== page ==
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Grey market

Grey market (also gray market or parallel market) refers to the selling and buying of goods through unauthorized or unofficial channels.

Expanded Definition

It isn't the same as buying a sleek and splendid Kartee-A watch from a guy on the street, thinking you've found the bargain of a lifetime on a first-rate timepiece. It's buying a real, new Cartier watch that doesn't carry any manufacturer guarantees because the store or Internet site from which you purchased it is not authorized by the manufacturer to sell it. The watch should be cheaper than buying directly from Cartier and more expensive than purchasing a counterfeit.

Grey markets exist because they can offer lower prices and sometimes provide highly anticipated items before they are widely available (think game consoles). That might involve importing the items from a country where they are already for sale. This re-sale of legitimate goods is not necessarily illegal. The sale of counterfeit or stolen goods would be illegal.

Some companies don't like grey-market sellers because their authorized dealers lose sales to the lower-price sellers. The Alliance for Gray Market and Counterfeit Abatement offers more information.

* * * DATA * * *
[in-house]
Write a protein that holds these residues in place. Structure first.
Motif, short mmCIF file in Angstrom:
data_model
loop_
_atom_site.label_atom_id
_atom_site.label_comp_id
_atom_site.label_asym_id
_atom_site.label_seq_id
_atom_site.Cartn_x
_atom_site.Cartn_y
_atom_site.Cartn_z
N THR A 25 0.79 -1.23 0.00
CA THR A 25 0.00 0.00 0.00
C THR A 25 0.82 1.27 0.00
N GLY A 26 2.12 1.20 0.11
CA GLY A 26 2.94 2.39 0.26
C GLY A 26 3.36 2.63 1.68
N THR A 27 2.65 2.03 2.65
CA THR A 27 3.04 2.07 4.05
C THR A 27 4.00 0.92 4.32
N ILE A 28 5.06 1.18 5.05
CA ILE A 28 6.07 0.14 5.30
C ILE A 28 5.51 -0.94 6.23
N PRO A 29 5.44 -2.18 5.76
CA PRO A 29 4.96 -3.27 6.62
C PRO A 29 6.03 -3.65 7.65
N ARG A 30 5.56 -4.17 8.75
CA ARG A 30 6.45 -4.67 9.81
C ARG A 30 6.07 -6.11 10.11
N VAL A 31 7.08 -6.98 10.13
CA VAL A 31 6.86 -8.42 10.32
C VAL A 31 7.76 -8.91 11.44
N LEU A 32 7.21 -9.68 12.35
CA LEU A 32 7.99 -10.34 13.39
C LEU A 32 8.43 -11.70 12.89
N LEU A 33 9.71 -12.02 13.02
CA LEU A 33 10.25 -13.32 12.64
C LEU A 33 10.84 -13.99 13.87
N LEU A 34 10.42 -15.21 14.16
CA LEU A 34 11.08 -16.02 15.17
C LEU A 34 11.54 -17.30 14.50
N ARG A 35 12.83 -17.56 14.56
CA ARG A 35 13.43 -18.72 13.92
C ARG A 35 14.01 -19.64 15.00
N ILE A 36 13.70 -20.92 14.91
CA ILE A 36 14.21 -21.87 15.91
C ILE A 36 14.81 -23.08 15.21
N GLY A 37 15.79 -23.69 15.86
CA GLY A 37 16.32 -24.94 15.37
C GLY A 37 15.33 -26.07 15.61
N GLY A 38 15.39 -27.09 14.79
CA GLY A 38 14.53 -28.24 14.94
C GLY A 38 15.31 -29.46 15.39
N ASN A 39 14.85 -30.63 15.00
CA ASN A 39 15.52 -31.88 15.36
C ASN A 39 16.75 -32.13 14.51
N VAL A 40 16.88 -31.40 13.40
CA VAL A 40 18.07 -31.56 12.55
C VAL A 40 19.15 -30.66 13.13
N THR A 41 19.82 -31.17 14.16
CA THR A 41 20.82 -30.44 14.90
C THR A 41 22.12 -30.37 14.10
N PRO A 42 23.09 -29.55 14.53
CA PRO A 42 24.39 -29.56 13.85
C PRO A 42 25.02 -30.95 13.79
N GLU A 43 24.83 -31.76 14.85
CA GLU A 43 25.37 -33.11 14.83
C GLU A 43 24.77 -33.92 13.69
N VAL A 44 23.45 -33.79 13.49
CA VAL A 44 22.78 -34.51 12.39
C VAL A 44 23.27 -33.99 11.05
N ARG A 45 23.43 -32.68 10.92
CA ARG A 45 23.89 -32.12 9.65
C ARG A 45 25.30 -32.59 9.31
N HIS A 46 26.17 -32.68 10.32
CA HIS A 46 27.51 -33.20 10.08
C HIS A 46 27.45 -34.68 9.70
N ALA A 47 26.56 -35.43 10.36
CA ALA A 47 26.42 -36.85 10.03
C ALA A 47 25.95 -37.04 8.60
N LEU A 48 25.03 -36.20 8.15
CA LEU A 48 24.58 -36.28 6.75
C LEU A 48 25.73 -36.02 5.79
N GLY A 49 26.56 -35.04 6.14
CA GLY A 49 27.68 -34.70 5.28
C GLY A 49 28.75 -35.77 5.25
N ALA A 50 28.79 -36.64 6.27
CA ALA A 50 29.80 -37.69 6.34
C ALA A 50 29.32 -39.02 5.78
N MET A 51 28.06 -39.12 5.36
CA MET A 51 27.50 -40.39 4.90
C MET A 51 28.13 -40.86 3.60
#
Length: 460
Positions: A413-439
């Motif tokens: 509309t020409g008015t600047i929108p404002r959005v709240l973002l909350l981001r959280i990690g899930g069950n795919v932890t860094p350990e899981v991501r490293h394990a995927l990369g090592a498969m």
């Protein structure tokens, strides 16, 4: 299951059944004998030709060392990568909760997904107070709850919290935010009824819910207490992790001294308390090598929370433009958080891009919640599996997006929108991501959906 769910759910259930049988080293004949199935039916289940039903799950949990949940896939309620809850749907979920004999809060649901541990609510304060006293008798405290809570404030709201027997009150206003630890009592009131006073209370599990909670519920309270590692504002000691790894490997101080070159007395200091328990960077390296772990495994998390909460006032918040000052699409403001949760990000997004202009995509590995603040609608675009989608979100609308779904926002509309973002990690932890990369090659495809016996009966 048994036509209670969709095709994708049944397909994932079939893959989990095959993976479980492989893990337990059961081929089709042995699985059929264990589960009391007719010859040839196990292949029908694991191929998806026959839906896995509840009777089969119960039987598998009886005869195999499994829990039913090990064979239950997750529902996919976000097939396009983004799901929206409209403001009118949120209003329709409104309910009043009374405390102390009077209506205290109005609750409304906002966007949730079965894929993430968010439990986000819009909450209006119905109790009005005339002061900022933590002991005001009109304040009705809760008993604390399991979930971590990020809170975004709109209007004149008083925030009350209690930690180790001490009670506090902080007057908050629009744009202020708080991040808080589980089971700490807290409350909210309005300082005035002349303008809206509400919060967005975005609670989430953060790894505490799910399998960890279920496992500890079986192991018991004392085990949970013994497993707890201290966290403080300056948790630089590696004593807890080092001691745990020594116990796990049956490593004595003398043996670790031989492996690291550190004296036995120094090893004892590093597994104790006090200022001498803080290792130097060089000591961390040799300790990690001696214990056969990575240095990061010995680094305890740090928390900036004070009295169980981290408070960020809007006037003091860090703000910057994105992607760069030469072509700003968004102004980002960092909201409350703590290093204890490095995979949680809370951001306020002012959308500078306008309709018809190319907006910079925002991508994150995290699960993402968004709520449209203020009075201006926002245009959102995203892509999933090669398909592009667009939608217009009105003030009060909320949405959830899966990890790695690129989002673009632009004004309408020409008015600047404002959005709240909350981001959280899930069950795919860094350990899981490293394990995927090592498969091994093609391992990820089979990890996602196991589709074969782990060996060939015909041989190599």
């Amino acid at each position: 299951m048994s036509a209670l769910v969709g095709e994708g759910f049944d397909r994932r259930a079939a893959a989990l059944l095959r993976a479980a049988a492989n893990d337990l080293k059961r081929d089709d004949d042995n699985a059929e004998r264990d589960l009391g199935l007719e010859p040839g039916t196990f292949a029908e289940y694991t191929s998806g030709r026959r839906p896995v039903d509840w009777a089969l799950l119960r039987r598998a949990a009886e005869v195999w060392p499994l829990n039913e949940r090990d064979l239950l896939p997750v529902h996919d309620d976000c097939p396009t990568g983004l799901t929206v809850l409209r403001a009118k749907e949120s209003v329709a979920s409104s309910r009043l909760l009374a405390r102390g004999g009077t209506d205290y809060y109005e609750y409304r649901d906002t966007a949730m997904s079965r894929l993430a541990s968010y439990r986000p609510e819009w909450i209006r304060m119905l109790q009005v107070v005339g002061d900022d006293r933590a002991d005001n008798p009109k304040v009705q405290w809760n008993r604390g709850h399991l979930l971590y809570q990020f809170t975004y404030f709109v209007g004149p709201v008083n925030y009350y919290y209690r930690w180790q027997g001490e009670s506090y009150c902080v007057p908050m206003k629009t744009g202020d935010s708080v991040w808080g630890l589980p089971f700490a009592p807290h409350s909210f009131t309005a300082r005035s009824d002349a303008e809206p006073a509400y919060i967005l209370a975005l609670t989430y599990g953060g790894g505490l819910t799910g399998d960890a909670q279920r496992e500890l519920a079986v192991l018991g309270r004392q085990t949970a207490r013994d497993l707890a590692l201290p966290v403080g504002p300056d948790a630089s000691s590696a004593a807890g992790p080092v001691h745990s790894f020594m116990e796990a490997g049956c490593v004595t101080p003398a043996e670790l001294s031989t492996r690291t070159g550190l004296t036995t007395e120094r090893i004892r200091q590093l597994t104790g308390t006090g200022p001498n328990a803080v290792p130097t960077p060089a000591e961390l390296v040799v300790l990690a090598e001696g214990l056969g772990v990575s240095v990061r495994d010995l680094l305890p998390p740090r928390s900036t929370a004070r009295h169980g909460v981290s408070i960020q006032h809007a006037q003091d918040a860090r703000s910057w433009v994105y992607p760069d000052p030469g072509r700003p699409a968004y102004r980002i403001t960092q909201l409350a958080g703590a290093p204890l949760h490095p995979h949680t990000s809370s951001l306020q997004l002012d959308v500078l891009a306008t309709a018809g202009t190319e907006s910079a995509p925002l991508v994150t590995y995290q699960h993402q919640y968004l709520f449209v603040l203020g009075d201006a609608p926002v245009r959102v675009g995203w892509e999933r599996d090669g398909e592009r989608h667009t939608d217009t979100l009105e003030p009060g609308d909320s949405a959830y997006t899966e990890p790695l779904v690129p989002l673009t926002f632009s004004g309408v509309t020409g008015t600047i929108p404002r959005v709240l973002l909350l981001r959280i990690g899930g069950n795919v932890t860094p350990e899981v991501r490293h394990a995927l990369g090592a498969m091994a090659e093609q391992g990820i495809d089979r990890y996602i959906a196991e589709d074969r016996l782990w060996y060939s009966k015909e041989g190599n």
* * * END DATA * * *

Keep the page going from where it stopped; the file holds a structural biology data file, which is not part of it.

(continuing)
Any marketer who sells his product through multiple distribution channels and with several pricing tiers faces conflicts between those channels. Grey market is one of those conflicts. For example, a local retailer may find his wholesale cost is higher than Wal-mart's selling price for the same product.

In the early days of Personal Computers, IBM's could be purchased on the grey market because dealers would order extra computers to get volume discounts and then sell their surplus on the grey market at whatever price they could get.

In employment, grey market often refers to people who do odd jobs or construction work for cash. By working "off the books" they avoid paying income taxes or Social Security on the income received. To avoid detection, they try to do everything in cash and avoid checks or other activities that require deposits in banks. Signs in auto dealers sometimes advise that they do not accept cash payments for pick-up trucks. These signs could indicate areas were grey market employment is common.

Compare: black market

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